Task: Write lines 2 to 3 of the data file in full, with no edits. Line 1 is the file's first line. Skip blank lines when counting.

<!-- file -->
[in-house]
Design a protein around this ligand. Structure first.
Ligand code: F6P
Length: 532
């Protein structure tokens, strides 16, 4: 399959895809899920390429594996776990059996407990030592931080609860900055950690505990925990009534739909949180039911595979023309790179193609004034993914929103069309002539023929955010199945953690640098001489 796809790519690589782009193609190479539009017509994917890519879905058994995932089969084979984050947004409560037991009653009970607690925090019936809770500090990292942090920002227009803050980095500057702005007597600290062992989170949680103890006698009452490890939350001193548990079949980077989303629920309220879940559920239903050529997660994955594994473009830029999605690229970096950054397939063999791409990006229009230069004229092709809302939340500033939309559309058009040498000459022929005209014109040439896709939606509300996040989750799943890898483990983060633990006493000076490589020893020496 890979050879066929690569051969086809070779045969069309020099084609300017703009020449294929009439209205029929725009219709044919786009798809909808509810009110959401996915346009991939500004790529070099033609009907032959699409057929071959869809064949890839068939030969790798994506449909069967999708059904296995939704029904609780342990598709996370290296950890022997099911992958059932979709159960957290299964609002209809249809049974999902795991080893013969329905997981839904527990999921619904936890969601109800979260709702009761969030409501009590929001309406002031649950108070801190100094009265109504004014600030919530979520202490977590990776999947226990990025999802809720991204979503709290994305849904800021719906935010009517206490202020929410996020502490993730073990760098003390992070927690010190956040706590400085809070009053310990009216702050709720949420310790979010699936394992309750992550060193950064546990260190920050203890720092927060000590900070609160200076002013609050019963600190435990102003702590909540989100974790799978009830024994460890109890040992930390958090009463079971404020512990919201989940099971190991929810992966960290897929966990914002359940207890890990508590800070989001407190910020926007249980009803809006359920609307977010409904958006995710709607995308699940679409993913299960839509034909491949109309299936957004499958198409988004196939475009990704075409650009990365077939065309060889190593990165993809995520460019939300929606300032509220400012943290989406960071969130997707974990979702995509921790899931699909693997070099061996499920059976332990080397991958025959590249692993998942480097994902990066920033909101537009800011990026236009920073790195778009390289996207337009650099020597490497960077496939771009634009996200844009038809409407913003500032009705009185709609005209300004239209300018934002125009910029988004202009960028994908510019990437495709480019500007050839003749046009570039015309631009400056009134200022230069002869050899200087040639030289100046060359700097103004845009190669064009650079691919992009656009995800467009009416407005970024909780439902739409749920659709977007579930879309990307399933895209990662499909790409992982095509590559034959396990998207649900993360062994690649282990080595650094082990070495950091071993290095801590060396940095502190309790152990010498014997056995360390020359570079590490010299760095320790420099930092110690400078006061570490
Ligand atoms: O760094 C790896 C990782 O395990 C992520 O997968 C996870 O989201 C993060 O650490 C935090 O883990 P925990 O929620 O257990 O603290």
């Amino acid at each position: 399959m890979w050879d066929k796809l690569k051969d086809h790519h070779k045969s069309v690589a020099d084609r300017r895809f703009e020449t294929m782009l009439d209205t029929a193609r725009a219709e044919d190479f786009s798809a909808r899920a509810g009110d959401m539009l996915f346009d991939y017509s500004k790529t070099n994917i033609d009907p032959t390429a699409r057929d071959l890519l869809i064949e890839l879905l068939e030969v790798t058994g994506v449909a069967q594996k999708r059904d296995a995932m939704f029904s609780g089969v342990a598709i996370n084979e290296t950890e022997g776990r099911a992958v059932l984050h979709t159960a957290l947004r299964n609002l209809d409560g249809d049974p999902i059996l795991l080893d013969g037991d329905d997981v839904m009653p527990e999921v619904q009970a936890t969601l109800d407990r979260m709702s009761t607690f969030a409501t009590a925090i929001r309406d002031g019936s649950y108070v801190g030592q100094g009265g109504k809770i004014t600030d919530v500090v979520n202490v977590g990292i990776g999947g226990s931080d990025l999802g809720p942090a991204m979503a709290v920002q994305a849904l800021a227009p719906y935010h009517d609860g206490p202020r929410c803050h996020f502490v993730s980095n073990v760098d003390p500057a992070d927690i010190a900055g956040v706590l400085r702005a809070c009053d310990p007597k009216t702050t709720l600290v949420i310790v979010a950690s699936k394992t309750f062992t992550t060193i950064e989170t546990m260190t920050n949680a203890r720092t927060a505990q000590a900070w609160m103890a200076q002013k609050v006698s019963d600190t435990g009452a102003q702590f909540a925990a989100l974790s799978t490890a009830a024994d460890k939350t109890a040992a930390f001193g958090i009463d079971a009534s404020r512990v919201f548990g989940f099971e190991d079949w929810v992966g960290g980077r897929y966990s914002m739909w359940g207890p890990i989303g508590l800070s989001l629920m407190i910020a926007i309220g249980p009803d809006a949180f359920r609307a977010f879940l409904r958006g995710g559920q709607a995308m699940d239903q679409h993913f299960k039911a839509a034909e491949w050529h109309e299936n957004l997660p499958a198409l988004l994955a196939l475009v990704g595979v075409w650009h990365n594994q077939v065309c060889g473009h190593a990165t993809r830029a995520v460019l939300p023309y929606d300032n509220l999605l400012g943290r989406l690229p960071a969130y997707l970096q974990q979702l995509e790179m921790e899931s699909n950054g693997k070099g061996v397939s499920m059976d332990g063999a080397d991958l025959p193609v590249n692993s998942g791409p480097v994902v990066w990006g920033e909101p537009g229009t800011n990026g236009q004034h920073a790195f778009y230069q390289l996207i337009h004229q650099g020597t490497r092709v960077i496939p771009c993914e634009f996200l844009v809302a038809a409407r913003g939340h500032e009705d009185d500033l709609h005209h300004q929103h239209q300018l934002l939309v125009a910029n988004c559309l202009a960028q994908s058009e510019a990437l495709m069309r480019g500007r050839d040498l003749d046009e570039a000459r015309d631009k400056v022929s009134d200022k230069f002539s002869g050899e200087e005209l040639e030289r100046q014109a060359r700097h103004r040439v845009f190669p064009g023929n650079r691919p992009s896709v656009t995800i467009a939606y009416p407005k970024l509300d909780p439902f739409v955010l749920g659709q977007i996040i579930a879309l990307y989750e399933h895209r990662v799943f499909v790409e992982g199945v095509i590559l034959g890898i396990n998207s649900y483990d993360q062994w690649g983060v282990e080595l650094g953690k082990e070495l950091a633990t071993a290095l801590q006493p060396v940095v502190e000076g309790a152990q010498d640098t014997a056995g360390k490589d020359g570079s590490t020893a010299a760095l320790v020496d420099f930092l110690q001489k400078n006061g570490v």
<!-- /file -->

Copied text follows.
Design a protein around this ligand. Structure first.
Ligand code: F6P